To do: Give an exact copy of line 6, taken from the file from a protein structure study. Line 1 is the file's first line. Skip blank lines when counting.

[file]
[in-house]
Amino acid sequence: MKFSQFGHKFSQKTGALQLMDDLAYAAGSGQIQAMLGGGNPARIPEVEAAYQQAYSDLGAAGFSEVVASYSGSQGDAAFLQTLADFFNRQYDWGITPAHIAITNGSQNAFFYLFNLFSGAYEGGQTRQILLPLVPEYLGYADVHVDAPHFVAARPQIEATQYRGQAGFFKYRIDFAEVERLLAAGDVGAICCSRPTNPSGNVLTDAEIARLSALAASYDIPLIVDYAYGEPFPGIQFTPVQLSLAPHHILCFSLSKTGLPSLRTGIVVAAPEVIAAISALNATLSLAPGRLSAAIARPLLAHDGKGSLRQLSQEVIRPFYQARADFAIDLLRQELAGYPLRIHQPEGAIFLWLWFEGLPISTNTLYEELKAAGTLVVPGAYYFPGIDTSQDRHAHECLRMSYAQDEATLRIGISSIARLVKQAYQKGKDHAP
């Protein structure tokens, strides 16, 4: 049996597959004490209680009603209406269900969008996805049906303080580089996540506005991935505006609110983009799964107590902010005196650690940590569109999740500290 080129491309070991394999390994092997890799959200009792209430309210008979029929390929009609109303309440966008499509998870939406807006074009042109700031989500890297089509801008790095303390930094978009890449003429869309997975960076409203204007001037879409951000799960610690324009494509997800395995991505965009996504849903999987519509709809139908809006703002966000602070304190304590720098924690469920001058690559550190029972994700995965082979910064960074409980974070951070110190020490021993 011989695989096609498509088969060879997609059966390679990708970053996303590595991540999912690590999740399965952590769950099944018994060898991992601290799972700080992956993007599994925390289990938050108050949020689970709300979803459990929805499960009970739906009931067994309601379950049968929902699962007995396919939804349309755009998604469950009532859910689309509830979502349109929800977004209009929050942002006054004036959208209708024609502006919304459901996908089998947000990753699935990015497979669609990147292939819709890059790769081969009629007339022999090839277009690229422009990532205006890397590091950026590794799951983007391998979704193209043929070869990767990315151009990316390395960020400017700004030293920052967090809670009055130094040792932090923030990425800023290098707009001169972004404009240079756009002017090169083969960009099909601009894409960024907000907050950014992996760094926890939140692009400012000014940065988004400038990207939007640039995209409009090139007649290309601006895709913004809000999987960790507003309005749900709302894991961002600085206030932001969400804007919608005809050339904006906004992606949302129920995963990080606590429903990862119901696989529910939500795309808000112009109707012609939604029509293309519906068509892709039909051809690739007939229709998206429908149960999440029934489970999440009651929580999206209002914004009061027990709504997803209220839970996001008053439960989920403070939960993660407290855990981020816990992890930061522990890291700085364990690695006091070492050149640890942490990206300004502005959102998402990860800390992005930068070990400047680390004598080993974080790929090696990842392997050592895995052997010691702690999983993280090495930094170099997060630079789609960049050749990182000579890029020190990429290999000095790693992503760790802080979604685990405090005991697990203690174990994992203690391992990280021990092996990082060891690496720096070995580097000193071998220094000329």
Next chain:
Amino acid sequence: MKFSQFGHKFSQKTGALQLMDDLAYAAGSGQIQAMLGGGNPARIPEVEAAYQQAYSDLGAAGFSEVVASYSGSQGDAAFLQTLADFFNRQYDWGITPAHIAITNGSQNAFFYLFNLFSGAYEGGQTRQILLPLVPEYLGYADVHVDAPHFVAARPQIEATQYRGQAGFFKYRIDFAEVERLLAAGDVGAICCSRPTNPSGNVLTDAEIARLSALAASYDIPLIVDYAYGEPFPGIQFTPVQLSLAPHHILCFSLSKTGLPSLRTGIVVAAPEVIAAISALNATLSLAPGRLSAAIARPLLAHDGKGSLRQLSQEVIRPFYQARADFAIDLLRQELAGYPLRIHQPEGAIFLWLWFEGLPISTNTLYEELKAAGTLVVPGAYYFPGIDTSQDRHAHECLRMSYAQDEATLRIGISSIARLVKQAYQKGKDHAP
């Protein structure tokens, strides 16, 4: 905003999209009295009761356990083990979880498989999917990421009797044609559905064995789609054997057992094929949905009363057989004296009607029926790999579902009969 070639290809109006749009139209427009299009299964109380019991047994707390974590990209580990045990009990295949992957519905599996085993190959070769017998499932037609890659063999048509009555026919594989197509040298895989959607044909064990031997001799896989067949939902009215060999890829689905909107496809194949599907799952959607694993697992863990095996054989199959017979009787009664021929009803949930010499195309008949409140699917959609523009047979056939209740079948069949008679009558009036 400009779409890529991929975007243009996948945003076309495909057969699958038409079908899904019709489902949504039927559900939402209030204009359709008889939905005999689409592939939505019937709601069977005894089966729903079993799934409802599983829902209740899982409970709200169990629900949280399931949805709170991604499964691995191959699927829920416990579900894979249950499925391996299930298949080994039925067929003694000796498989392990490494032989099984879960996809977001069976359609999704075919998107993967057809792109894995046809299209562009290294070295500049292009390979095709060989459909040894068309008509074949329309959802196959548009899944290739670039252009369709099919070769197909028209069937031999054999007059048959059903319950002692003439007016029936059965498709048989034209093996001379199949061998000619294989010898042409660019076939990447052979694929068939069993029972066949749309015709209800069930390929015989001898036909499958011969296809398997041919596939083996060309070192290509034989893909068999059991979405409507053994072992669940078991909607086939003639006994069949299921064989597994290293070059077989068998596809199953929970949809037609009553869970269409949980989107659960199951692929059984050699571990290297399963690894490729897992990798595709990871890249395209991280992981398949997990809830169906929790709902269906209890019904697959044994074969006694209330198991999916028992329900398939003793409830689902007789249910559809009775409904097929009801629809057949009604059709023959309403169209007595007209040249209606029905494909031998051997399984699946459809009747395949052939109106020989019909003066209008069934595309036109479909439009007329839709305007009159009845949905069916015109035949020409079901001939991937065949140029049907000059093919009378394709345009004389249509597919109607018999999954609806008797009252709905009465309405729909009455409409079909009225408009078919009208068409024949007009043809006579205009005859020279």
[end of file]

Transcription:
């Protein structure tokens, strides 16, 4: 905003999209009295009761356990083990979880498989999917990421009797044609559905064995789609054997057992094929949905009363057989004296009607029926790999579902009969 070639290809109006749009139209427009299009299964109380019991047994707390974590990209580990045990009990295949992957519905599996085993190959070769017998499932037609890659063999048509009555026919594989197509040298895989959607044909064990031997001799896989067949939902009215060999890829689905909107496809194949599907799952959607694993697992863990095996054989199959017979009787009664021929009803949930010499195309008949409140699917959609523009047979056939209740079948069949008679009558009036 400009779409890529991929975007243009996948945003076309495909057969699958038409079908899904019709489902949504039927559900939402209030204009359709008889939905005999689409592939939505019937709601069977005894089966729903079993799934409802599983829902209740899982409970709200169990629900949280399931949805709170991604499964691995191959699927829920416990579900894979249950499925391996299930298949080994039925067929003694000796498989392990490494032989099984879960996809977001069976359609999704075919998107993967057809792109894995046809299209562009290294070295500049292009390979095709060989459909040894068309008509074949329309959802196959548009899944290739670039252009369709099919070769197909028209069937031999054999007059048959059903319950002692003439007016029936059965498709048989034209093996001379199949061998000619294989010898042409660019076939990447052979694929068939069993029972066949749309015709209800069930390929015989001898036909499958011969296809398997041919596939083996060309070192290509034989893909068999059991979405409507053994072992669940078991909607086939003639006994069949299921064989597994290293070059077989068998596809199953929970949809037609009553869970269409949980989107659960199951692929059984050699571990290297399963690894490729897992990798595709990871890249395209991280992981398949997990809830169906929790709902269906209890019904697959044994074969006694209330198991999916028992329900398939003793409830689902007789249910559809009775409904097929009801629809057949009604059709023959309403169209007595007209040249209606029905494909031998051997399984699946459809009747395949052939109106020989019909003066209008069934595309036109479909439009007329839709305007009159009845949905069916015109035949020409079901001939991937065949140029049907000059093919009378394709345009004389249509597919109607018999999954609806008797009252709905009465309405729909009455409409079909009225408009078919009208068409024949007009043809006579205009005859020279």